How to Paint Kitchen Cabinets: 5 Tips from an Expert Painter
3. Primer is, well, prime.
After you’ve thoroughly prepped, priming is crucial. All-in-one primer and paint products are to be avoided; they don’t do either job well. In truth, oil primer and paint adhere the best and give the longest-lasting results on cabinets, but because of VOCs, oil is outlawed in many states, including New York. (Read our post All You Need to Know About VOCs in Paint.) A good alternative is water-soluble waterborne paint, such as Benjamin Moore’s Advance, which is something like a latex-oil combo. But note that it dries quickly, so it’s wise to add an extender that allows you the time to get a nice finish without brush marks. And if you’re painting something plasticky or otherwise hard to paint, Stix is a good primer to know about.
Going from a dark cabinet to light? Consider tinting the primer to match the final color. If your color transition is extreme, you might instead add a coat of underbody, such as Fresh Start, a thicker, less transparent primer that hides more (and can also be tinted). You can have the tinting done in the paint store; I request 75 percent of the final color, so it’s lighter but close. (For more on the topic, read Back from Black, Meredith’s repainting chronicle.)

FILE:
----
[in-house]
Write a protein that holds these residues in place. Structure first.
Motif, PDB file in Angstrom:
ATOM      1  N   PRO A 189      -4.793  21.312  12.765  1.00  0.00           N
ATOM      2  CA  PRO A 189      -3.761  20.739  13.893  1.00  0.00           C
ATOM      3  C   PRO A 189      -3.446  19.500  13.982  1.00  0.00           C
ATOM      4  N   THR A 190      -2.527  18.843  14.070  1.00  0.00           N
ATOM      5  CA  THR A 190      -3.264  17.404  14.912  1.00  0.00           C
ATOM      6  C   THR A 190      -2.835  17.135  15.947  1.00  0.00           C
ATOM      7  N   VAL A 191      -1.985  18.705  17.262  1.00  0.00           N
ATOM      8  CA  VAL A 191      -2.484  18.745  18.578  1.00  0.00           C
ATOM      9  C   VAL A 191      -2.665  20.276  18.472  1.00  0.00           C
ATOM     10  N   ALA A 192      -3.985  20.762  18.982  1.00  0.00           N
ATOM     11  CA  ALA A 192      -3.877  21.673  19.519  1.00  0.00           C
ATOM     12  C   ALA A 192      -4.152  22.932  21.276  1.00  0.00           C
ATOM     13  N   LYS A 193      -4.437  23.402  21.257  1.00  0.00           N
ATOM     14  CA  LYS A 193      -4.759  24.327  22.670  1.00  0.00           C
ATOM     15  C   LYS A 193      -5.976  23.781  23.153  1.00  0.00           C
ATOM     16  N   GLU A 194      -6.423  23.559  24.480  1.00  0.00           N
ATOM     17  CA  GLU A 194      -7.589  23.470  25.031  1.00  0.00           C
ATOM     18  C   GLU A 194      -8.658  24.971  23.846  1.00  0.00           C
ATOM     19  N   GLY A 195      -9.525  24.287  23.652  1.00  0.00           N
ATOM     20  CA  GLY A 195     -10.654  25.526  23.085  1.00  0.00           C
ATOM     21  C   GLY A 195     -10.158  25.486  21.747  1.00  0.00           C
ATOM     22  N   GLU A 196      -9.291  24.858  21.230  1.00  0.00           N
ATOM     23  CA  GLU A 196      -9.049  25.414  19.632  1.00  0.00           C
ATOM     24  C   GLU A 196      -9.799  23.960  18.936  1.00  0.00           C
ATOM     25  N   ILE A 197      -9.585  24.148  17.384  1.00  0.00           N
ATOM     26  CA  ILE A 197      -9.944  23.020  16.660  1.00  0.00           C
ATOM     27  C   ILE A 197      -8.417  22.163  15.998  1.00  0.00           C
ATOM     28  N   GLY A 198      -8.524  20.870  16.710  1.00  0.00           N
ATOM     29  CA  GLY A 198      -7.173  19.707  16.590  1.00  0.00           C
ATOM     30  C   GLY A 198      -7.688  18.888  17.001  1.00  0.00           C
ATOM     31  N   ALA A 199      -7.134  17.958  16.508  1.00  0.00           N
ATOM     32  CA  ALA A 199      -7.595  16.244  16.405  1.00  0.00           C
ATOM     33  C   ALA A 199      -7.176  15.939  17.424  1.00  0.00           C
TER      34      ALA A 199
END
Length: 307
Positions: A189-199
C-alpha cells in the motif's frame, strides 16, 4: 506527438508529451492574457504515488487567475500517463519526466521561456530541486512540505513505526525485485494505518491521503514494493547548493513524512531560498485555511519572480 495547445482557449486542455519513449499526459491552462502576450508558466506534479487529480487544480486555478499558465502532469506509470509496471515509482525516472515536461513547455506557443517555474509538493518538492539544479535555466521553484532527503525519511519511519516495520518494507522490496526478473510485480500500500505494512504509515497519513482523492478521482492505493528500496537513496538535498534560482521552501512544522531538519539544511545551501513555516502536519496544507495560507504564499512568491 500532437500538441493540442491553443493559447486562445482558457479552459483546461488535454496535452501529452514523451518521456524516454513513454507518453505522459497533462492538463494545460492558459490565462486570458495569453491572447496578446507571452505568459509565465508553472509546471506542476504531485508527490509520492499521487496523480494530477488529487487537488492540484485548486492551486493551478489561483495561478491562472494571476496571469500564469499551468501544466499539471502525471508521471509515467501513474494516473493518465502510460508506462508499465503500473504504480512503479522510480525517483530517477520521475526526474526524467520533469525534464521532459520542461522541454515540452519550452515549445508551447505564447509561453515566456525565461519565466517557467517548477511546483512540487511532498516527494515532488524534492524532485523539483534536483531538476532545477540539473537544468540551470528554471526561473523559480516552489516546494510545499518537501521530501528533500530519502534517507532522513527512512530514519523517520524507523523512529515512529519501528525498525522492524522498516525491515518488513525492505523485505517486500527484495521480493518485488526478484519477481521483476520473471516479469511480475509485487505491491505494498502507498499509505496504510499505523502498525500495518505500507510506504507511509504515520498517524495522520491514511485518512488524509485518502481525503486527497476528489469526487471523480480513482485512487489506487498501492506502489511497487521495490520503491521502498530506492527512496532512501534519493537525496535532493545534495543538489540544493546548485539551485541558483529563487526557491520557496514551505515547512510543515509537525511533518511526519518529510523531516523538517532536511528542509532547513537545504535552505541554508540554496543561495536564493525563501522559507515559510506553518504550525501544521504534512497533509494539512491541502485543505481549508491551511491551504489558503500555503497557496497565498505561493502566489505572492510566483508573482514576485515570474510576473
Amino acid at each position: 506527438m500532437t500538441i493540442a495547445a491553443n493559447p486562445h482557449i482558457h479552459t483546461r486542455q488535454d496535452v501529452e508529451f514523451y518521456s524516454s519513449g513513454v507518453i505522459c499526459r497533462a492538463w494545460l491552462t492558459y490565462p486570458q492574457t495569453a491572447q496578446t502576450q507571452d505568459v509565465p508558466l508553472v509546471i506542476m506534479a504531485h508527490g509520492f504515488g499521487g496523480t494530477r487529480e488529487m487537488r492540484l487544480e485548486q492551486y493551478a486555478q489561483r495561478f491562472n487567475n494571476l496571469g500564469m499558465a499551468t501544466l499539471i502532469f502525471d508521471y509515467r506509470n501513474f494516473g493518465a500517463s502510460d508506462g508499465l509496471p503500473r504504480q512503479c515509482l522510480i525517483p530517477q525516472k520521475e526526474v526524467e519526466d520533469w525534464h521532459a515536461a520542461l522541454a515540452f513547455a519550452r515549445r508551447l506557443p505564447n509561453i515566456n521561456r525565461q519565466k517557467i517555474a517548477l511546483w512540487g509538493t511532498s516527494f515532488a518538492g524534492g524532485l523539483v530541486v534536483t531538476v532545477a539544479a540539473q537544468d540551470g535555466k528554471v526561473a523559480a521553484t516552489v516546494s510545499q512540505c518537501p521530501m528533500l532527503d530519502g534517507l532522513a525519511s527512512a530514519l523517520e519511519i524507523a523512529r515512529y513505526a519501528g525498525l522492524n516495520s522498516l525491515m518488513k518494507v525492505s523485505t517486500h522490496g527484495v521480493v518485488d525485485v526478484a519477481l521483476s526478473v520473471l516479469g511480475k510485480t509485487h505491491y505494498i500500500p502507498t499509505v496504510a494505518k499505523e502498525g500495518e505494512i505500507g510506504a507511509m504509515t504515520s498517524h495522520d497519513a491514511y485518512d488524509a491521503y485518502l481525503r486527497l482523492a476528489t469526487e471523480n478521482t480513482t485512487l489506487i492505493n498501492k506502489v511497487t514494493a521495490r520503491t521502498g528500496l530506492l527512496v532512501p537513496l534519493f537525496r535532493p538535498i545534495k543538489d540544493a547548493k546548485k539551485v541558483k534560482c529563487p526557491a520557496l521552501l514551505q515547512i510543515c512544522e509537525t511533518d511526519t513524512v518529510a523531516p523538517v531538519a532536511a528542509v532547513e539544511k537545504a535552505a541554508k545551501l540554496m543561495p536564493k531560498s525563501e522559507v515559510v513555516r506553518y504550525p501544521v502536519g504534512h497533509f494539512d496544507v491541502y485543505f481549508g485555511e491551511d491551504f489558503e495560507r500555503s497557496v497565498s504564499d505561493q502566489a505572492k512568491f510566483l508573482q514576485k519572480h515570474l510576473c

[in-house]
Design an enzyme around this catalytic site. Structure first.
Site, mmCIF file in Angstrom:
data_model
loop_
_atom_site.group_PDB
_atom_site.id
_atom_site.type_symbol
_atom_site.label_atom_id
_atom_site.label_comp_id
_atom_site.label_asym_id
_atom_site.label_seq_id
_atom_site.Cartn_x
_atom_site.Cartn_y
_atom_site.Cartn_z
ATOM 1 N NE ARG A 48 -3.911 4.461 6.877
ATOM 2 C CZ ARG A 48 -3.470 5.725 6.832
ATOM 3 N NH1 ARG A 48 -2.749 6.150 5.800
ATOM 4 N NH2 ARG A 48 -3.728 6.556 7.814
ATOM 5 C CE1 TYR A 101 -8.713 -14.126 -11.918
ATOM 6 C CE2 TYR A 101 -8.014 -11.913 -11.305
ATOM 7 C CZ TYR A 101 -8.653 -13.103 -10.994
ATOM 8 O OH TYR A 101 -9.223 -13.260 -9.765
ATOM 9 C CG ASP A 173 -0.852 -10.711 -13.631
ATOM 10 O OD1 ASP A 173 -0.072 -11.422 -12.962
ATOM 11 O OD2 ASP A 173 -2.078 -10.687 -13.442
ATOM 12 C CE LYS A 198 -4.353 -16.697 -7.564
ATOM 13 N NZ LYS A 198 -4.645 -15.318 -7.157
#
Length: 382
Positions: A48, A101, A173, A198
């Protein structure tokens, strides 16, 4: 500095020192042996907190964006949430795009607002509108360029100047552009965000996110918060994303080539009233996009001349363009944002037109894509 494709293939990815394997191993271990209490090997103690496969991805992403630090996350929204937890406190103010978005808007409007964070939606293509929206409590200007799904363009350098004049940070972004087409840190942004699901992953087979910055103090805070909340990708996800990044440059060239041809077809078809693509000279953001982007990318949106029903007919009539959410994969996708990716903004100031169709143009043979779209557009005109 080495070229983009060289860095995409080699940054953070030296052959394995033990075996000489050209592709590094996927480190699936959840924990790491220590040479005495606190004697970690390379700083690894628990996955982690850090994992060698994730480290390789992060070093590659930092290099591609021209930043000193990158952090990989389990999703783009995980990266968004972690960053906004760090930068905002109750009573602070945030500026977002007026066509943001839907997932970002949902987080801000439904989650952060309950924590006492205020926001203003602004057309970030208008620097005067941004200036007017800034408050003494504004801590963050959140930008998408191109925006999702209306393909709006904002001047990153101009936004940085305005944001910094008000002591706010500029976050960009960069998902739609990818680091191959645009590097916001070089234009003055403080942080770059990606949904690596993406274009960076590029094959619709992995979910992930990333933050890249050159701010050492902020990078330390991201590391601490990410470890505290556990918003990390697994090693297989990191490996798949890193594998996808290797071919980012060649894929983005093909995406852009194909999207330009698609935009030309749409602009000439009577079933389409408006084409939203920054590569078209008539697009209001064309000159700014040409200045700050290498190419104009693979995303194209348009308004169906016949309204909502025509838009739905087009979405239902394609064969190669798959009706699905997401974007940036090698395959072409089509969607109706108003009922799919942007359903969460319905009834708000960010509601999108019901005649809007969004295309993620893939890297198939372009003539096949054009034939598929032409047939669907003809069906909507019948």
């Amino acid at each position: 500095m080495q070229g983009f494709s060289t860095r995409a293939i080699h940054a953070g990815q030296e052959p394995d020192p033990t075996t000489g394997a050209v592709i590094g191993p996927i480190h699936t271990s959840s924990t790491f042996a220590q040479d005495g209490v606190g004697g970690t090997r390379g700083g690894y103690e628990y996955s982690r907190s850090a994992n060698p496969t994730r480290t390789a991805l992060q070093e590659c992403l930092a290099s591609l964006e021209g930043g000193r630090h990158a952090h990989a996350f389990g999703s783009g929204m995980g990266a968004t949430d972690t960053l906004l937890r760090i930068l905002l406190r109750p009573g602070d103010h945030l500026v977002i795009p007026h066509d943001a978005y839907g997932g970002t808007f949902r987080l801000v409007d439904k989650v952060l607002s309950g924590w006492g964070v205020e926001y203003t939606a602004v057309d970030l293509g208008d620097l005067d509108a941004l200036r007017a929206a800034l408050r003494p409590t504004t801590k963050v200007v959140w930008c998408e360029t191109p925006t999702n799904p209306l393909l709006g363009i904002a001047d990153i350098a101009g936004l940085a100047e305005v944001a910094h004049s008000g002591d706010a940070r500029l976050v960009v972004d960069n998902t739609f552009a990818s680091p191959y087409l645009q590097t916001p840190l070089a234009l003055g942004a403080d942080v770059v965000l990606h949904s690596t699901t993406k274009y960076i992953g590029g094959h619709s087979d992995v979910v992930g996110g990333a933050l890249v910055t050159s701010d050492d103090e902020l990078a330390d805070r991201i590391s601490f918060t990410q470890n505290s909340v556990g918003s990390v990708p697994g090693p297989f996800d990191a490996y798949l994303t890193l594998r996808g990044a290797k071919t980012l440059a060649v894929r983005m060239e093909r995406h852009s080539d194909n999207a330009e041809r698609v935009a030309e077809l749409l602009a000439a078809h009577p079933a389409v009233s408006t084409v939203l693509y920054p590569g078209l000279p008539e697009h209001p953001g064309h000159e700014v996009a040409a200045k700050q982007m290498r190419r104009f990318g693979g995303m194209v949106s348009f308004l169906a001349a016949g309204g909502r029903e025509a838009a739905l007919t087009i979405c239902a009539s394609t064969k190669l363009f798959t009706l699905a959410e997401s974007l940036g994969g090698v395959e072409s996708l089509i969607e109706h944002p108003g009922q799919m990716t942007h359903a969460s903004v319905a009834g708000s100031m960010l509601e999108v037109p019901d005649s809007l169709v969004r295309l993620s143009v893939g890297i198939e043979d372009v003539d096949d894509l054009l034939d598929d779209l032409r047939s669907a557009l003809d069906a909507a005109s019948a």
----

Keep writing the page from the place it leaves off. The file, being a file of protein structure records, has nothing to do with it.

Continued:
Also note: After your base coat dries, it’s important to sand the cabinets all over again—just not as aggressively as the first time.
4. Spring for quality paint.
Don’t be penny wise and pound foolish. You’ll get better coverage and results using quality paint. I like Fine Paints of Europe for oils and primers, and Farrow & Ball, Benjamin Moore, and Pratt & Lambert make good waterborne paints and latexes. (The one I use most often is Benjamin Moore Advance.) Two coats of paint are essential for cabinets—you’re building a surface. By the way, to get the nicest finish, use a brush, a 2- to 2 1/2-inch fine bristle brush.